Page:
Mohawk Akwesasne Mourn Salli ‘Kawennotakie’ Benedict


The Mohawk community on both sides of the U.S.–Canada border is mourning the passing of Salli “Kawennotakie” Benedict, who died on May 15 at age 57 after waging what a tribal council statement called “a heroic and courageous battle.”

Surrounded by family, she joined her father, the equally beloved Mohawk Elder Ernest “Ernie” Kaientaronkwen Benedict, who passed away earlier this year.

Friends, family and First Nations officials remembered the younger Benedict as an accomplished artist, author and cultural advocate.

“The community of Akwesasne has lost a cherished resident and champion of aboriginal rights,” said Mohawk Council of Akwesasne (MCA) Grand Chief Mike Kanentakeron Mitchell in a statement. “Salli dedicated her life to protecting and fighting for Akwesasne. There was no one more committed to the cause than Salli, that’s why we loved her so much. We knew what filled her heart, which was her family and her community—her Nation family.”

Benedict was on the St. Anicet Tsionhiakwatha/Droulers Archaelogical Site Board, the Onake Corporation Board, the Ronathahonni Cultural Center Board and others. She was also a founding member of the Akwesasne Communications Society. Most recently she headed the MCA’s Aboriginal Rights and Research Office.

An artist and author, Benedict illustrated and edited children’s books, according to an obituary on the Donaldson Funeral Home’s website. The published poet was cited and acknowledged in books, articles and documents in reference to Native American culture, the obituary said. An avid speaker, Benedict conducted training on Native American cultural and sensitivity issues, traveling to the Nunavut Inuit capital of Iqaluit to teach indigent children. She also wrote several Mohawk-language textbooks, the Standard Freeholder in Cornwall, Canada, reported.

Benedict’s cousin, Indian Country Today Media Network Opinion Editor Ray Cook, recounted a long family history of contributing to Mohawk culture and rights.

“She was born into a family of visionaries,” he said, “among a long line of relatives who have sacrificed and given so much for her people, children and her own yet-to-be-born grandchildren. She shared so much that no one went without a good feeling after meeting her. Above all, she was the queen of good feelings.”

Her mother, Florence, was a legendary Mohawk basket weaver “whose unique designs are the stuff of museum exhibits in Canada and the U.S.,” Cook said, and her father founded the first mobile college, which circulated in the far north Native communities assisting children and young adults to achieve college entrance.”

Benedict’s grandfather was a religious man and a leader in his Methodist congregation “when being Methodist was not cool,” Cook said. “His brother was a venerated chief on the Traditional Mohawk Longhouse Council at Akwesasne…. Her uncles were fierce political and social warriors of the community, establishing the first Native community press, museum and policy advocacy strategies and strategically networking with our allies among the power centers in D.C., Albany, NYC and Rochester, wherever allies were to be made to the Iroquois cause.”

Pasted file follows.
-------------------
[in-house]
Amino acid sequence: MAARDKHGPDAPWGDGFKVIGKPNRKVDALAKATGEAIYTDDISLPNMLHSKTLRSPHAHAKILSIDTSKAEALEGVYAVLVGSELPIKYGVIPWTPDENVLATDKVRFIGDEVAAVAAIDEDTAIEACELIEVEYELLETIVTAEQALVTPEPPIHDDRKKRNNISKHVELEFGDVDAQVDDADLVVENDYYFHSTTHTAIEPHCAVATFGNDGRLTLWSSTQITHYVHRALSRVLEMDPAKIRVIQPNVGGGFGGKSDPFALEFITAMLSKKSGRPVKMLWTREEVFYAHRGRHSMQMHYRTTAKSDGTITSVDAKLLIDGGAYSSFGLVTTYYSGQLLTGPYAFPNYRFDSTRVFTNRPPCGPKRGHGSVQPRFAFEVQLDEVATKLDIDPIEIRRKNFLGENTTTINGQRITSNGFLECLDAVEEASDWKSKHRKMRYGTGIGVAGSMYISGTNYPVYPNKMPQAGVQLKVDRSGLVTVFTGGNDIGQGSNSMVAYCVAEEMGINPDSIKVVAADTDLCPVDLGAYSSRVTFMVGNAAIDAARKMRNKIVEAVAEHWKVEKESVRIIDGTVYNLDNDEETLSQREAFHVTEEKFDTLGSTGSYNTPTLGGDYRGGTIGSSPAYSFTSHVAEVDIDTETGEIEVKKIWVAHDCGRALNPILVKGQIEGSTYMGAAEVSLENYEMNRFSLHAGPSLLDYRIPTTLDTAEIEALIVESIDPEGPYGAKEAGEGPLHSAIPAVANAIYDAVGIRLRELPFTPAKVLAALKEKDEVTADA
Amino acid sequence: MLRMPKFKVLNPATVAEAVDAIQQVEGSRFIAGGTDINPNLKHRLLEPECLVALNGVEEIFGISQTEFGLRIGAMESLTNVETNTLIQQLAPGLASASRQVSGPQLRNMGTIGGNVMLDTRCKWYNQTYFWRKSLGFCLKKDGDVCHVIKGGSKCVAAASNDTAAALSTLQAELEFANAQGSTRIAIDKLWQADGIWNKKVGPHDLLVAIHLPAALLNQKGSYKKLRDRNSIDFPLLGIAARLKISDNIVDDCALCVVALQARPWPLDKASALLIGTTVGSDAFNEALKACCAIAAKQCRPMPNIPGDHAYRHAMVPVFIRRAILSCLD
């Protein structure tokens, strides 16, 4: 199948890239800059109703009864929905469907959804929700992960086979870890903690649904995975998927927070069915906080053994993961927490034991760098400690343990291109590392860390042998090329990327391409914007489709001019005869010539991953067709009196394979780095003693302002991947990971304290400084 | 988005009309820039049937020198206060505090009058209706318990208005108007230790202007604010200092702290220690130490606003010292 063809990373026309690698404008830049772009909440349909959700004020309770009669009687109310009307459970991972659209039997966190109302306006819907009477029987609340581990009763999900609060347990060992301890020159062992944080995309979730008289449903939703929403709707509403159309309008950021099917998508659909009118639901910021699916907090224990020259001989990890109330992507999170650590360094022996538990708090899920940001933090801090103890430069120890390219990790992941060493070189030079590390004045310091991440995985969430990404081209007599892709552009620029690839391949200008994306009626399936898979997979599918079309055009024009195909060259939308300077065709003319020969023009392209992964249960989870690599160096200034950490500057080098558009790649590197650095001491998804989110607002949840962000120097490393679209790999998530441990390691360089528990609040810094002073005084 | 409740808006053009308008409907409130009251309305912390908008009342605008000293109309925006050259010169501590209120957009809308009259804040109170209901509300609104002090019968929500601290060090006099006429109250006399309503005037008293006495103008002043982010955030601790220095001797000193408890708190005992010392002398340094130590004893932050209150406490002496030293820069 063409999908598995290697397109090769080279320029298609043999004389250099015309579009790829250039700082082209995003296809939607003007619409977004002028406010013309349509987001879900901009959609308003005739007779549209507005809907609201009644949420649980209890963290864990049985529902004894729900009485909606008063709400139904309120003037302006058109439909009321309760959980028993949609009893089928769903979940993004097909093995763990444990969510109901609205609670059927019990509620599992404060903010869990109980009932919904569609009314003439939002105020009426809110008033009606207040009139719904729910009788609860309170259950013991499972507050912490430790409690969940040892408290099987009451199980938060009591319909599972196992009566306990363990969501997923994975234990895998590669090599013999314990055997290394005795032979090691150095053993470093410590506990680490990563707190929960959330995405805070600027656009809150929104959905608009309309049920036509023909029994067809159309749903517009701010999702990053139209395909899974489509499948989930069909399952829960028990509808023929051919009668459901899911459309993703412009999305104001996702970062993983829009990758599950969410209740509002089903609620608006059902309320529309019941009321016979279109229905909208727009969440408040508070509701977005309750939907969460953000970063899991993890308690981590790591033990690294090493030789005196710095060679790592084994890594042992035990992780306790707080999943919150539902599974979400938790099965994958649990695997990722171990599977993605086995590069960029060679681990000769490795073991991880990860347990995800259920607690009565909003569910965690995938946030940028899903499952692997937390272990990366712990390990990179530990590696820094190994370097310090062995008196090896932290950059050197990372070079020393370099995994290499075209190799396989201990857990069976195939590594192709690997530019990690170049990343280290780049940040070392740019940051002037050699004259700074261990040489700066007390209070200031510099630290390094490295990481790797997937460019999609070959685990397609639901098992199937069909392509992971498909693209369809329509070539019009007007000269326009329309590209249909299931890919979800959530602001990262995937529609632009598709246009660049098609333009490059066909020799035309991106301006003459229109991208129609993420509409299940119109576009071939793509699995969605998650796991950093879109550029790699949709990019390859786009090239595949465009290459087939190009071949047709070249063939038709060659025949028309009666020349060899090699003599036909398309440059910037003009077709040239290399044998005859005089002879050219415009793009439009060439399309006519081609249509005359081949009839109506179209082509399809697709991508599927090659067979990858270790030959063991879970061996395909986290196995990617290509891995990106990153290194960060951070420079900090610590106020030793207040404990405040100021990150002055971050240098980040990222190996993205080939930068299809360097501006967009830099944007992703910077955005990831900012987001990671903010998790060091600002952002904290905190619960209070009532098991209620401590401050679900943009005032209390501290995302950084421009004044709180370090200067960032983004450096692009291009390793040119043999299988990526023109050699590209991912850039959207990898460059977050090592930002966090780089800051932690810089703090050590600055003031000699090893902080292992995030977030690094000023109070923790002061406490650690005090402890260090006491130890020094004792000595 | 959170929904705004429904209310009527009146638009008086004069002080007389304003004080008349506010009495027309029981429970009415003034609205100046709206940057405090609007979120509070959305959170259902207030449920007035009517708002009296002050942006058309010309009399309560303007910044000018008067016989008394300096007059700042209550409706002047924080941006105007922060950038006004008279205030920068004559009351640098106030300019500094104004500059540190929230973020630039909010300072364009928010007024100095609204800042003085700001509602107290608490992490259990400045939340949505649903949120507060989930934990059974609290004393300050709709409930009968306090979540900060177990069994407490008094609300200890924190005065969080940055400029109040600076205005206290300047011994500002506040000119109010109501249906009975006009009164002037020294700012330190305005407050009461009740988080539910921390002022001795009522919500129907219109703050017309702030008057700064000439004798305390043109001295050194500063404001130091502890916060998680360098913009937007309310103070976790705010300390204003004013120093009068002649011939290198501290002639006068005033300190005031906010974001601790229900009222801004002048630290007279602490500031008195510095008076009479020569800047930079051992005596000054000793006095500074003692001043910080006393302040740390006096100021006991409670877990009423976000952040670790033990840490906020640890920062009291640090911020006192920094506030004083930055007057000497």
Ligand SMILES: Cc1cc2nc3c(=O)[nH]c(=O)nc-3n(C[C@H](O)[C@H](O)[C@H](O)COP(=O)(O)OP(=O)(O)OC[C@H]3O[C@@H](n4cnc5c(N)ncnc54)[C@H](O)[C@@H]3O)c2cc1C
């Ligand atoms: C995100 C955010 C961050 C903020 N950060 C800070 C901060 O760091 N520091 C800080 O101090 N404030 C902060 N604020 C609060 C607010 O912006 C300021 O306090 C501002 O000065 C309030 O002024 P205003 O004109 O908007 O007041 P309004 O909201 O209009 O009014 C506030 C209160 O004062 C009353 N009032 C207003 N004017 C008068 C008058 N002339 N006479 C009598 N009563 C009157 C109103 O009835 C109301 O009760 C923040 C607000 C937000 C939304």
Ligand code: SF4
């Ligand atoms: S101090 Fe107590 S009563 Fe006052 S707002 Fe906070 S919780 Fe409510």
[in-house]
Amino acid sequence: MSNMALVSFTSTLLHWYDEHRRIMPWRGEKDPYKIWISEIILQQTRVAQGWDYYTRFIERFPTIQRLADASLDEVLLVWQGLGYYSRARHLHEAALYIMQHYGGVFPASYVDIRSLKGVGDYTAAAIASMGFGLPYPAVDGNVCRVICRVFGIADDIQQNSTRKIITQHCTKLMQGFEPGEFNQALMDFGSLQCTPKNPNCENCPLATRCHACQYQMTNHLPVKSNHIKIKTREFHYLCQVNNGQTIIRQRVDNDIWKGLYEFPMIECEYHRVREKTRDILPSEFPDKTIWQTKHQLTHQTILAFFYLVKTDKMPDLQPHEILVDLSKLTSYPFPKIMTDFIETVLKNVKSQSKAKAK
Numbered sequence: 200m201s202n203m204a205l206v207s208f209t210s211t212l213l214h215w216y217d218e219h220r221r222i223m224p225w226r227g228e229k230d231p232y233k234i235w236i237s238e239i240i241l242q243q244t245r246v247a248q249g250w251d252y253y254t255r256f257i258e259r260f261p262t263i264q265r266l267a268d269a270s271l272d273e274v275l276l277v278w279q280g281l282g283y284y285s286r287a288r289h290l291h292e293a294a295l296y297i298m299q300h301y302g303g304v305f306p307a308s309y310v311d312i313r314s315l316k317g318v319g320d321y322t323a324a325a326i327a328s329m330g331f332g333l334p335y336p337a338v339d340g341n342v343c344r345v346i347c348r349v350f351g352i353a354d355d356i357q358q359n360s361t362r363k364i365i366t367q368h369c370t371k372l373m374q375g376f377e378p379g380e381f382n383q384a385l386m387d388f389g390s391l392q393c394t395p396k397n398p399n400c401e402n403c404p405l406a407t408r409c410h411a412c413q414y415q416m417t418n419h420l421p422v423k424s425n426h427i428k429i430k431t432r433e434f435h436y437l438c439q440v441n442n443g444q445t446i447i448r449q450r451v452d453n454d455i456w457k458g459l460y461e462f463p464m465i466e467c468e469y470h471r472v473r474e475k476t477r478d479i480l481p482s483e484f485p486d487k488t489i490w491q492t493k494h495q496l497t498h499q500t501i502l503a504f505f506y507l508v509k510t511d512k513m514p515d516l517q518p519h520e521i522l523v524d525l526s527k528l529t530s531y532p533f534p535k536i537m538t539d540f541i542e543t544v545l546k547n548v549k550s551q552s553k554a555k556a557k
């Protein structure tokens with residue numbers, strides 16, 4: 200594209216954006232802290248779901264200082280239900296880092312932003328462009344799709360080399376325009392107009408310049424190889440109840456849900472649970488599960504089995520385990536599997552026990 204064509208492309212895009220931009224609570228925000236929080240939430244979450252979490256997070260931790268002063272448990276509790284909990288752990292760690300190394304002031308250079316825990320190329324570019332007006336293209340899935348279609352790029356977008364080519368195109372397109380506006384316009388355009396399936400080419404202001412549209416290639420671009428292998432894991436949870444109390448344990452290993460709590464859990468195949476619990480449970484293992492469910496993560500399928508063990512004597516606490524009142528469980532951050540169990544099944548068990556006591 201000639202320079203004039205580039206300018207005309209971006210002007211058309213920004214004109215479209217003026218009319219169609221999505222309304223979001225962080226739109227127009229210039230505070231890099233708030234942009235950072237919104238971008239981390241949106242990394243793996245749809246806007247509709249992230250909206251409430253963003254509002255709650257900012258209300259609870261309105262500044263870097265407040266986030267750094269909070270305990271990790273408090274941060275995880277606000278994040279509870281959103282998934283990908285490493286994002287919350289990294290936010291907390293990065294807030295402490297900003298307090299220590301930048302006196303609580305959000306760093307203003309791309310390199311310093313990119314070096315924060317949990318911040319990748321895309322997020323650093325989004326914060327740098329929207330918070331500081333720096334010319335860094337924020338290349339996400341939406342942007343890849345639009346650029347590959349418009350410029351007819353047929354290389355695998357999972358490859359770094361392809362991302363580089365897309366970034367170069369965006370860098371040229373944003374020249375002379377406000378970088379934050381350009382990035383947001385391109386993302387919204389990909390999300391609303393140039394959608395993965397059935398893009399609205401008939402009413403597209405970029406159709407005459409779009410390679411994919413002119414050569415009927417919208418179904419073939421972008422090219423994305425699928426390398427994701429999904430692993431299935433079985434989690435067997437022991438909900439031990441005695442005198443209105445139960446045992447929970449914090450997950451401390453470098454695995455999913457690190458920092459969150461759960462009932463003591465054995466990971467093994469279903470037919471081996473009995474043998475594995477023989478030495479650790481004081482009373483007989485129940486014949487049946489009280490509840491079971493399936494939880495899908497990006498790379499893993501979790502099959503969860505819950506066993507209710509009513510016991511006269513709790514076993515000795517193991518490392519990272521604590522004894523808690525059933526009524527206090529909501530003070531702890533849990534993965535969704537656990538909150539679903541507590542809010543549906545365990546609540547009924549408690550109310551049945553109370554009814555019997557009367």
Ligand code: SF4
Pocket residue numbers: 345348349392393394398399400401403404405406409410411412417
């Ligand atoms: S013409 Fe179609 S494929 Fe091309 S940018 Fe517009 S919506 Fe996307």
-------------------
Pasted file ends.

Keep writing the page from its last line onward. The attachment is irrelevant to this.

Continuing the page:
This combination of heritage and parentage made it “a matter of fate and good upbringing that she found her vision of creativity at an early age,” Cook said, adding that it was no surprise that Benedict went on to become a “poet, photographer, a potter, a sculptress, a writer and a co-creator of many of the institutions found on Akwesasne and being the first to formally establish the curating policies and procedures that have protected our historical documents and memories even beyond her own death and rebirth.”

Mitchell said it was especially painful that Benedict would not be present to see the fruition of her efforts to settle land claims with the Canadian government.

“It is a testament to her hard work and commitment that our community’s land claims are being negotiated with the government of Canada,” Mitchell said. “As a result, we wanted so much for her to be with us on the final leg of this journey. She was so much a part of negotiations, and she will still be with us in spirit. We will continue to work just as hard as if she was still by our side encouraging us all on.”

Benedict earned farewells and accolades nationally as well.

“Salli will be remembered as a strong voice and advocate for her nation,” said Assembly of First Nations (AFN) National Chief Shawn A-in-chut Atleo in a statement. He noted her work at the Akwesasne Museum and as a cultural historian of the Mohawks, a reflection of “the profound love she had for her roots.

“On behalf of the Assembly of First Nations and our Executive, I offer our sincere condolences to the Benedict family, to Salli’s colleagues and to her community on the sad loss of a great friend and leader,” Atleo said. “Salli Kawennotakie Benedict dedicated her life to helping promote and celebrate the Mohawk culture…. Akwesasne has lost a special person who touched the lives of so many in her community, and across the country.”